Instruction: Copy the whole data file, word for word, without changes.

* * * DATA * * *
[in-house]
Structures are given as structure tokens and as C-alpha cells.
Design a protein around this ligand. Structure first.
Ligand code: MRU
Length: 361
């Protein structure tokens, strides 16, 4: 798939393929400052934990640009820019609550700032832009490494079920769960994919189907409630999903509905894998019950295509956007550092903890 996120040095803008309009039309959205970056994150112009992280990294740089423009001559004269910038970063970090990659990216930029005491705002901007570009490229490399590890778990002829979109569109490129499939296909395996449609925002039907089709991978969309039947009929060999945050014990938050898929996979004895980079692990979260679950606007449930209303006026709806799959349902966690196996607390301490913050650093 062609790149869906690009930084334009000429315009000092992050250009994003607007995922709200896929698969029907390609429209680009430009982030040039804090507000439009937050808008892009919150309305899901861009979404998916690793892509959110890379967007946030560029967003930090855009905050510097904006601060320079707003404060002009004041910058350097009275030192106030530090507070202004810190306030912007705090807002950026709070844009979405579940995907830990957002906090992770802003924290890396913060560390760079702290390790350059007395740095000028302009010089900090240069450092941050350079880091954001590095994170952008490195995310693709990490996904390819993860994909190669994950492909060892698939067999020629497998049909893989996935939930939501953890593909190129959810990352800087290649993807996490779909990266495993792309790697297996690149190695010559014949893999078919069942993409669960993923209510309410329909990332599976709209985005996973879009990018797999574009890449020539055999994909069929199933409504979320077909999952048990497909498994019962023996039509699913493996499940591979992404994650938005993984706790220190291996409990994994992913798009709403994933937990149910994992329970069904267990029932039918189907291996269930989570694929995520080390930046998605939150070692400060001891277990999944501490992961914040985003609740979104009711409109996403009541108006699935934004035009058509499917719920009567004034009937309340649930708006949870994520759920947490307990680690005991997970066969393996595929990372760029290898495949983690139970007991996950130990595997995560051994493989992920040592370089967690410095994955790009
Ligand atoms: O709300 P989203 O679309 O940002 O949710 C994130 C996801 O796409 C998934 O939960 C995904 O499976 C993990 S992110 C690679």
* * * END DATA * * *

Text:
[in-house]
Structures are given as structure tokens and as C-alpha cells.
Design a protein around this ligand. Structure first.
Ligand code: MRU
Length: 361
């Protein structure tokens, strides 16, 4: 798939393929400052934990640009820019609550700032832009490494079920769960994919189907409630999903509905894998019950295509956007550092903890 996120040095803008309009039309959205970056994150112009992280990294740089423009001559004269910038970063970090990659990216930029005491705002901007570009490229490399590890778990002829979109569109490129499939296909395996449609925002039907089709991978969309039947009929060999945050014990938050898929996979004895980079692990979260679950606007449930209303006026709806799959349902966690196996607390301490913050650093 062609790149869906690009930084334009000429315009000092992050250009994003607007995922709200896929698969029907390609429209680009430009982030040039804090507000439009937050808008892009919150309305899901861009979404998916690793892509959110890379967007946030560029967003930090855009905050510097904006601060320079707003404060002009004041910058350097009275030192106030530090507070202004810190306030912007705090807002950026709070844009979405579940995907830990957002906090992770802003924290890396913060560390760079702290390790350059007395740095000028302009010089900090240069450092941050350079880091954001590095994170952008490195995310693709990490996904390819993860994909190669994950492909060892698939067999020629497998049909893989996935939930939501953890593909190129959810990352800087290649993807996490779909990266495993792309790697297996690149190695010559014949893999078919069942993409669960993923209510309410329909990332599976709209985005996973879009990018797999574009890449020539055999994909069929199933409504979320077909999952048990497909498994019962023996039509699913493996499940591979992404994650938005993984706790220190291996409990994994992913798009709403994933937990149910994992329970069904267990029932039918189907291996269930989570694929995520080390930046998605939150070692400060001891277990999944501490992961914040985003609740979104009711409109996403009541108006699935934004035009058509499917719920009567004034009937309340649930708006949870994520759920947490307990680690005991997970066969393996595929990372760029290898495949983690139970007991996950130990595997995560051994493989992920040592370089967690410095994955790009
Ligand atoms: O709300 P989203 O679309 O940002 O949710 C994130 C996801 O796409 C998934 O939960 C995904 O499976 C993990 S992110 C690679």